As part of his effort to obtain post-conviction relief in federal court, Johnson asks this Court to permit discovery and to conduct an evidentiary hearing on the following claims asserted in his habeas petition:

         Claims 2, 6, 8: Ineffective Assistance of Counsel:

          The first category of relief sought by Johnson relates to his claims of ineffective assistance of counsel. Johnson claims that he was denied effective assistance of counsel (2) in the investigation, preparation, and presentation of evidence impacting the penalty phase of trial, (6) when trial counsel failed to work with experts and when his counsel cut short pre-trial investigation toward establishing Johnson's competency and insanity defense, and (8) when trial counsel failed to move to withdraw Johnson's guilty plea, which was predicated on Johnson's belief that the trial judge would not sentence him to death.

         To support these claims, Johnson seeks to depose Dana Bias, who represented Johnson in the penalty phase, Mike Williams, who represented Johnson when he entered his guilty plea, and Kelly Gleason, who also represented Johnson when he entered his guilty plea.[1] Johnson also asks the Court to hold an evidentiary hearing to prove his ineffective assistance claims. Specifically, the purpose of deposing counsel and holding an evidentiary hearing would be “to determine the extent of counsel's investigation and preparation for the mitigation phase of trial, ” (DE 32, at 6), “to determine whether [counsel's] actions or inactions including investigations were part of their trial strategy, ” (DE 32, at 7), and “to determine the extent of counsel's investigation and preparation toward determining Johnson's competency to stand trial and the investigation and preparation of an insanity defense.” (DE 32, at 8).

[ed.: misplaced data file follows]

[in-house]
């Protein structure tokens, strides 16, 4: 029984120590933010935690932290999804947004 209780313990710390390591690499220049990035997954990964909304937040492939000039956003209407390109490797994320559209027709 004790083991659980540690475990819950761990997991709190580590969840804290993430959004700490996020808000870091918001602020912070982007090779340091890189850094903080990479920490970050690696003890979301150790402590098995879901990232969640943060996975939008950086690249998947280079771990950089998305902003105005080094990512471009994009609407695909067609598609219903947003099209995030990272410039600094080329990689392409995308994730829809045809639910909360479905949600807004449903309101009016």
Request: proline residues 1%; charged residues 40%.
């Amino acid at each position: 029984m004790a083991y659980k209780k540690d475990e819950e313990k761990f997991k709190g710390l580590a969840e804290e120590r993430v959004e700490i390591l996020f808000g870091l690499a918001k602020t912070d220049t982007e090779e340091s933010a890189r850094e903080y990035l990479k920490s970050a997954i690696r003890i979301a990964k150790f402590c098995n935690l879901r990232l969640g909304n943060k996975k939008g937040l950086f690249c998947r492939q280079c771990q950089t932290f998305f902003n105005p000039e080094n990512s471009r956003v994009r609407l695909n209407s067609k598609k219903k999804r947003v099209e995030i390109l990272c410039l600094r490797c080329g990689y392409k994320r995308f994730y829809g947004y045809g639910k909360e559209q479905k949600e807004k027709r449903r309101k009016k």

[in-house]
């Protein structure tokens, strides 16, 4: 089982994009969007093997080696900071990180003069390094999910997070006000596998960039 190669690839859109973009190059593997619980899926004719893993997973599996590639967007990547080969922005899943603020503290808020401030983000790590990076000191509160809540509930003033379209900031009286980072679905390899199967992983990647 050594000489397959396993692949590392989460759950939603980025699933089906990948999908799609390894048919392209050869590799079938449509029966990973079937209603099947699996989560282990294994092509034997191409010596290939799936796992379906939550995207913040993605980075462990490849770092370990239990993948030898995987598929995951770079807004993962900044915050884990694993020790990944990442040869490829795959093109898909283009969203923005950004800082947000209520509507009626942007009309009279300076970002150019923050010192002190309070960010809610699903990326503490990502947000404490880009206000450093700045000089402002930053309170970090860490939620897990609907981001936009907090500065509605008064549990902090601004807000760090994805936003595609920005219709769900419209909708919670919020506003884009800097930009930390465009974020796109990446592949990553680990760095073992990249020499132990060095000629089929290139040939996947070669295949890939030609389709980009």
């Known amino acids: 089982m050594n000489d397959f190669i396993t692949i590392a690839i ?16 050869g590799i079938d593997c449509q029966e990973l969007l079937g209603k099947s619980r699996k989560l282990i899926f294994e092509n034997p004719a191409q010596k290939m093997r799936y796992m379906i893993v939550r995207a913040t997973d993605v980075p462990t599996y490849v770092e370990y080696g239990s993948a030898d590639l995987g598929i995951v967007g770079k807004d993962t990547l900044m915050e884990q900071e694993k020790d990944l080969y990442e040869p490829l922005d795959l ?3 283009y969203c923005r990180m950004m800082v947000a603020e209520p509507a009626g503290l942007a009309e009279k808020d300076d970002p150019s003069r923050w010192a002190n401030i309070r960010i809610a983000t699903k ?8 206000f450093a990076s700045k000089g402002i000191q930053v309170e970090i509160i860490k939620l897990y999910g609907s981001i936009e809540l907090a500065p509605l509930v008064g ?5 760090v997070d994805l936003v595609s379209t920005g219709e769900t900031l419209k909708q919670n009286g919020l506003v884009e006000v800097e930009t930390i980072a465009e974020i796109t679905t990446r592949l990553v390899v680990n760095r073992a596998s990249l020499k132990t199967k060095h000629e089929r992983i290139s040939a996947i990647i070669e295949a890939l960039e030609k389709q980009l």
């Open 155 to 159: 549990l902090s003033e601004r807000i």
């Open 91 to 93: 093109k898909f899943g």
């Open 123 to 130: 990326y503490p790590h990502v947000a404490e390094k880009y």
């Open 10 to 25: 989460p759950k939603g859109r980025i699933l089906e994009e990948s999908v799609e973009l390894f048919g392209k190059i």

Johnson asserts that the Kentucky courts did not permit him to hold evidentiary hearing on his ineffective assistance of counsel claims despite his requests for one (DE 32, at 8, 10). He further asserts that none of the Kentucky courts held evidentiary hearings related to these claims, so he now requests that depositions and an evidentiary hearing be conducted to allow him to supplement his claims for relief.

         Claim 3: Don Johnson was denied due process of law when the trial judge accepted a guilty plea which was not entered knowingly, voluntarily and intelligently.

          Second, Johnson alleges that his guilty plea did not comport with the requirements of due process in violation of the Fifth, Sixth, and Fourteenth Amendments of the United States Constitution. Specifically, Johnson argues that the Kentucky Supreme Court erroneously presumed from a silent record that Johnson waived his constitutional right to be free from self-incrimination when he entered a guilty plea, which he argues is in violation of Boykin v. Alabama, 395 U.S. 238 (1969). He seeks relief on the face of the record, but requests that the Court hold an evidentiary hearing and that ...